Going Back to School in a Pandemic: Tip 2

Going Back to School in a Pandemic: Tip 2

Developed by HRI Program Coordinator, Camila Dos Santos, M.Ed.

Making sure that you are connected to your student(s)’ school and teachers helps to decrease stress and anxiety, while ensuring that everyone knows what to expect when returning. For older students, encourage them to take the lead on staying informed, but be sure to follow up and make sure you are in the loop as well.

Going Back to School in a Pandemic: Tip 1

Going Back to School in a Pandemic: Tip 1

Developed by HRI Program Coordinator, Camila Dos Santos, M.Ed.

Regardless of how students will return to school this year, it is safe to say that the school year will look different for all of us.   The uncertainty around the logistics of learning in a pandemic can cause added stress for the entire family.  This series will focus on providing tips for families to return to school in a happy, healthy, and safe way. 

Our first tip is to intentionally reflect as a family about returning to school – discussing what family members are fearful and anxious about, as well as what excites them.   These conversations can help family members work through the complex emotions and worries that can stem from going back to school in an unprecedented time.  

Asking questions to reflect on how your student feels can help you understand and anticipate where you may need to provide added support. Encourage your student to share openly and be honest with them yourself! Sharing your perspectives as a parent will help your student understand that they’re not alone and will encourage working together as a family when it’s time to return to school. 

Talking openly and consistently as a family will help keep everyone on the same page, minimizing stress for everyone once the school year starts up again.

Coping with Stress During Tough Times: Tip 5

Developed by HRI Program Coordinator, Camila Dos Santos, M.Ed.

Tip 5: Seek professional help before the stress becomes overwhelming.  

Oftentimes, people will wait until a problem becomes a crisis before getting professional help, but it’s important to remember that most mental health professionals are equipped to help people get through crisis situations, as well as to help people prevent them in the first place.  Learning coping strategies for anxiety or conflict resolution strategies for your relationship from a professional, for example,  can help you to reduce stress overall in your life.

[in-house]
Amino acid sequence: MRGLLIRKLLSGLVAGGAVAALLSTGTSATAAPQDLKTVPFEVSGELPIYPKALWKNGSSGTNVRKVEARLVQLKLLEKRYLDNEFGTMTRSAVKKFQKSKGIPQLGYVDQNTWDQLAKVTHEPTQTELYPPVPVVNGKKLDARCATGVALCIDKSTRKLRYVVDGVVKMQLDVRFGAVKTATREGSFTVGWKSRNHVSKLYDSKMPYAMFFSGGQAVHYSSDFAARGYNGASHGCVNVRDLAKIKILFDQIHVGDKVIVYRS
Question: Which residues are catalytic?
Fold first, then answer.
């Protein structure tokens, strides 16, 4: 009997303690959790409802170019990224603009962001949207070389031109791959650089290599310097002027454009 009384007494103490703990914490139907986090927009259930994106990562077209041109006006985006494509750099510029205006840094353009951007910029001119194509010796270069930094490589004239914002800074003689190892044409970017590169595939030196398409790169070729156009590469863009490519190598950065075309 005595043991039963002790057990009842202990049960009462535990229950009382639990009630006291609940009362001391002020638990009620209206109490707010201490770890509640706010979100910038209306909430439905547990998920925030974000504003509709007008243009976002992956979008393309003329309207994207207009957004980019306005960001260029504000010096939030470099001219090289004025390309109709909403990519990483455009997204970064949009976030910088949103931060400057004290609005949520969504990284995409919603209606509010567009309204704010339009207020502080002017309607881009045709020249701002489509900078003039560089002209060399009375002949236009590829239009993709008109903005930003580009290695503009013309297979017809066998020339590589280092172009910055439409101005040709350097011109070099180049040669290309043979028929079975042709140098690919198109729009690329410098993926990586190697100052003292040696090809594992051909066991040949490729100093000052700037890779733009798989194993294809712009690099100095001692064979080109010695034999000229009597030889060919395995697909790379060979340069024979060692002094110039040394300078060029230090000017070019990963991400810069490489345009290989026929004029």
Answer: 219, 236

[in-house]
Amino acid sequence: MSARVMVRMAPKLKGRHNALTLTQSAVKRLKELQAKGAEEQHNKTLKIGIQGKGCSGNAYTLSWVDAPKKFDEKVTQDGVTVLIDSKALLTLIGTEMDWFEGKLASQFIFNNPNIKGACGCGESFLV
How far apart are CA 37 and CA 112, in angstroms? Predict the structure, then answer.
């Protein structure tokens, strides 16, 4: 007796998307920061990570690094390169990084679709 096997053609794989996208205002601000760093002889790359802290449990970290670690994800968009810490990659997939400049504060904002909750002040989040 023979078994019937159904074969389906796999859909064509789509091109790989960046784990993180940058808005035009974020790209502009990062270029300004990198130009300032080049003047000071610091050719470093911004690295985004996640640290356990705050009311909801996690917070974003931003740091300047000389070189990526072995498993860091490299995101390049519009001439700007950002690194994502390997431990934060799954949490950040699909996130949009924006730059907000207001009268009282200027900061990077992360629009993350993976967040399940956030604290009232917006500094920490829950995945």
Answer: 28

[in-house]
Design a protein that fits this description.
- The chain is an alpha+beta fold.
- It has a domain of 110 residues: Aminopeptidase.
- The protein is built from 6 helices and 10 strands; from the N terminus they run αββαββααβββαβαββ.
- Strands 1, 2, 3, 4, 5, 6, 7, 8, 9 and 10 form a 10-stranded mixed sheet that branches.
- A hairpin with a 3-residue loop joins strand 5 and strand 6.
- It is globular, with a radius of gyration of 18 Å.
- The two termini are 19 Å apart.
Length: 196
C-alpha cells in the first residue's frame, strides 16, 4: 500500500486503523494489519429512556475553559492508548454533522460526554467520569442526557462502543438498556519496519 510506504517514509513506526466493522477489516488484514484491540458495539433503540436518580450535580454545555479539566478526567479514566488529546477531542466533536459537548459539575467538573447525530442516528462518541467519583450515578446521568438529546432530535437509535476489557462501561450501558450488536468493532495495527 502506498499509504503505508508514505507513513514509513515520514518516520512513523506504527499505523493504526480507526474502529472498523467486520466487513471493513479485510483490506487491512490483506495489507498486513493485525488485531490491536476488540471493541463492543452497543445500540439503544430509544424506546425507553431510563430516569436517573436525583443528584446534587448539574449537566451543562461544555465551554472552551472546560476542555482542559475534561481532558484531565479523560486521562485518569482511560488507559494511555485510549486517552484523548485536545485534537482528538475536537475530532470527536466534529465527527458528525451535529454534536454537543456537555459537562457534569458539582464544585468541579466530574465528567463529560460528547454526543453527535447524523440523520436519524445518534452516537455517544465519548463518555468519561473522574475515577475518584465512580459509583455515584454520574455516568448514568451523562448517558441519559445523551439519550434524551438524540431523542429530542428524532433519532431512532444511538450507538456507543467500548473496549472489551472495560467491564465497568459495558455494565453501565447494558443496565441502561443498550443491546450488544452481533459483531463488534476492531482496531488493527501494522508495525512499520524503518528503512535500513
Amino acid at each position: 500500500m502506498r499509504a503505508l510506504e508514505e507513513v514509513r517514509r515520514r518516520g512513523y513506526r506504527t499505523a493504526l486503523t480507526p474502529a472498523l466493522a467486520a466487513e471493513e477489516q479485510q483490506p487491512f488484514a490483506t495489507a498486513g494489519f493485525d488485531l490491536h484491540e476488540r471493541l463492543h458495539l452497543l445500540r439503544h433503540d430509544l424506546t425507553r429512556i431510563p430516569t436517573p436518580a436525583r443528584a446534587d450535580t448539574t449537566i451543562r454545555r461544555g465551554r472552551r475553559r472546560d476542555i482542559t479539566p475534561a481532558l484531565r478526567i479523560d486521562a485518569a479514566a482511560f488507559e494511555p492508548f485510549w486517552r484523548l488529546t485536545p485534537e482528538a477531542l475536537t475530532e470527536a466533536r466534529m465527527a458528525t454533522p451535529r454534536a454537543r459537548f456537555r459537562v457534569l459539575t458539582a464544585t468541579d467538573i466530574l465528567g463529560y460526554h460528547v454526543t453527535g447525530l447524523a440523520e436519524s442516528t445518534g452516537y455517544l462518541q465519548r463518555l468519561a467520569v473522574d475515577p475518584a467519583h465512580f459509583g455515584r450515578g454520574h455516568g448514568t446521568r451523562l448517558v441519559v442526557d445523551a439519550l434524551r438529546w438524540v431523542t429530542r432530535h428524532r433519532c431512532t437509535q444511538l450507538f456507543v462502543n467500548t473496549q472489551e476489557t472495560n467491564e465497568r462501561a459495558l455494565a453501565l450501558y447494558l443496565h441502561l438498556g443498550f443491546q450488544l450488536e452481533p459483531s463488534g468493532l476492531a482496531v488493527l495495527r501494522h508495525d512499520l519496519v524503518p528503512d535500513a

Getting help before a small issue becomes a crisis can help you not only deal with stress during tough times, but it can also help you strengthen your relationship with yourself and others.

Coping with Stress During Tough Times: Tip 4

Developed by HRI Program Coordinator, Camila Dos Santos, M.Ed.

Tip 4: Remember it’s okay to rely on your support system to help you get through tough times. 

It is human nature to avoid asking for help. Combine that with a society that tends to stigmatize vulnerability, and many of us end up shutting out our loved ones when we are going through a difficult time. Ironically, this can only make tough times tougher.

Instead of shutting them out, try reaching out and sharing your feelings with someone you trust.  They may be able to offer a different perspective or comforting words, and you may end up finding that support from a loved one is exactly what you needed to overcome a difficult moment.

Reaching out to people that we love and trust for support can help to reduce stress and to feel supported during tough times.

 

Coping with Stress During Tough Times: Tip 3

Developed by HRI Program Coordinator, Camila Dos Santos, M.Ed.

Tip 3: During tough, stressful times, go back to the basics such as drinking water and staying active. 

When things get challenging, taking care of our basic needs can reduce stress and help to find the balance in our emotions and thoughts. Consistently drinking water, eating well, and staying active can help us begin to feel better and see things more clearly. While doing these things may seem simple, they often get overlooked when we are highly stressed or dealing with difficult circumstances.  During tough times, going back to the basics is sometimes exactly what is needed to cope with stress. 

Power Up for Back to School

Introducing: Back to School Series for Families

 

Going back to school in the midst of a pandemic can be stressful on the entire family. We’re partnering with several local organizations (DYEnamic Instruction, Guilford County Partnership for Children, United Way, YWCA High Point) to offer a 3-program series supporting families as they transition from summer mode to school mode. Join us on Facebook from 12-1 pm on Monday, August 10, 17, and 24,  and ask your question live!

Coping with Stress During Tough Times: Tip 2

Developed by HRI Program Coordinator, Camila Dos Santos, M.Ed.

Tip 2: Find 2-3 routines or practices that comfort you when your emotions are at a high. 

When things are tough, it’s important to have a couple of stress-relief practices that comfort you.  Whether your go-to is active like kick-boxing or yoga, creative, like painting or restoring a piece of furniture, contemplative such as meditation or journaling, or a combination of these and others, it’s important to know what works for you when things are particularly difficult.